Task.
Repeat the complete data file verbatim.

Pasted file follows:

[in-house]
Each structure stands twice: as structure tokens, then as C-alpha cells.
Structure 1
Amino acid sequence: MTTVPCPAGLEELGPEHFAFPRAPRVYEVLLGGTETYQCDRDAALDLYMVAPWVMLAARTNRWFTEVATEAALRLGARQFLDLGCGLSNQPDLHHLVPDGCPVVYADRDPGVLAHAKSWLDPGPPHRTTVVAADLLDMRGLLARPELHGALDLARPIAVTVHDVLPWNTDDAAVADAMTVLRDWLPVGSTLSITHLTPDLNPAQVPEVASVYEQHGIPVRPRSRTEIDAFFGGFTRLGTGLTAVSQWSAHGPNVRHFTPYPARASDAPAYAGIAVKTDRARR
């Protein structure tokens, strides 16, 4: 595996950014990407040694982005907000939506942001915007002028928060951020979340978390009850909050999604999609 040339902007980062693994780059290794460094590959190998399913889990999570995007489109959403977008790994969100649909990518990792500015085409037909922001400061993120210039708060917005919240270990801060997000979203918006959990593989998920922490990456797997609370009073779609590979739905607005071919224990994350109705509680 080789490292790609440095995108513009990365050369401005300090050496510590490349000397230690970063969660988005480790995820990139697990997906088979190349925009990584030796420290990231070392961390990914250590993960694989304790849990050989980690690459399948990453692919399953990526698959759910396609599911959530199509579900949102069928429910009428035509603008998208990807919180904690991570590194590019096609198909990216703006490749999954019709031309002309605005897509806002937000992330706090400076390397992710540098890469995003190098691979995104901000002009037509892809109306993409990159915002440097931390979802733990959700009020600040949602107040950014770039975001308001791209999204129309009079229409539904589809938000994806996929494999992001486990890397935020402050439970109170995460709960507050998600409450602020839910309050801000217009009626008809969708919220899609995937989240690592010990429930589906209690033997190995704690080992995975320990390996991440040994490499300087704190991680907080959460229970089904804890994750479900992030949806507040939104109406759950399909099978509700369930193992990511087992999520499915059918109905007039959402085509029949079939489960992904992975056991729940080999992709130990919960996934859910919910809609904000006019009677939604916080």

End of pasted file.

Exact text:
[in-house]
Each structure stands twice: as structure tokens, then as C-alpha cells.
Structure 1
Amino acid sequence: MTTVPCPAGLEELGPEHFAFPRAPRVYEVLLGGTETYQCDRDAALDLYMVAPWVMLAARTNRWFTEVATEAALRLGARQFLDLGCGLSNQPDLHHLVPDGCPVVYADRDPGVLAHAKSWLDPGPPHRTTVVAADLLDMRGLLARPELHGALDLARPIAVTVHDVLPWNTDDAAVADAMTVLRDWLPVGSTLSITHLTPDLNPAQVPEVASVYEQHGIPVRPRSRTEIDAFFGGFTRLGTGLTAVSQWSAHGPNVRHFTPYPARASDAPAYAGIAVKTDRARR
């Protein structure tokens, strides 16, 4: 595996950014990407040694982005907000939506942001915007002028928060951020979340978390009850909050999604999609 040339902007980062693994780059290794460094590959190998399913889990999570995007489109959403977008790994969100649909990518990792500015085409037909922001400061993120210039708060917005919240270990801060997000979203918006959990593989998920922490990456797997609370009073779609590979739905607005071919224990994350109705509680 080789490292790609440095995108513009990365050369401005300090050496510590490349000397230690970063969660988005480790995820990139697990997906088979190349925009990584030796420290990231070392961390990914250590993960694989304790849990050989980690690459399948990453692919399953990526698959759910396609599911959530199509579900949102069928429910009428035509603008998208990807919180904690991570590194590019096609198909990216703006490749999954019709031309002309605005897509806002937000992330706090400076390397992710540098890469995003190098691979995104901000002009037509892809109306993409990159915002440097931390979802733990959700009020600040949602107040950014770039975001308001791209999204129309009079229409539904589809938000994806996929494999992001486990890397935020402050439970109170995460709960507050998600409450602020839910309050801000217009009626008809969708919220899609995937989240690592010990429930589906209690033997190995704690080992995975320990390996991440040994490499300087704190991680907080959460229970089904804890994750479900992030949806507040939104109406759950399909099978509700369930193992990511087992999520499915059918109905007039959402085509029949079939489960992904992975056991729940080999992709130990919960996934859910919910809609904000006019009677939604916080």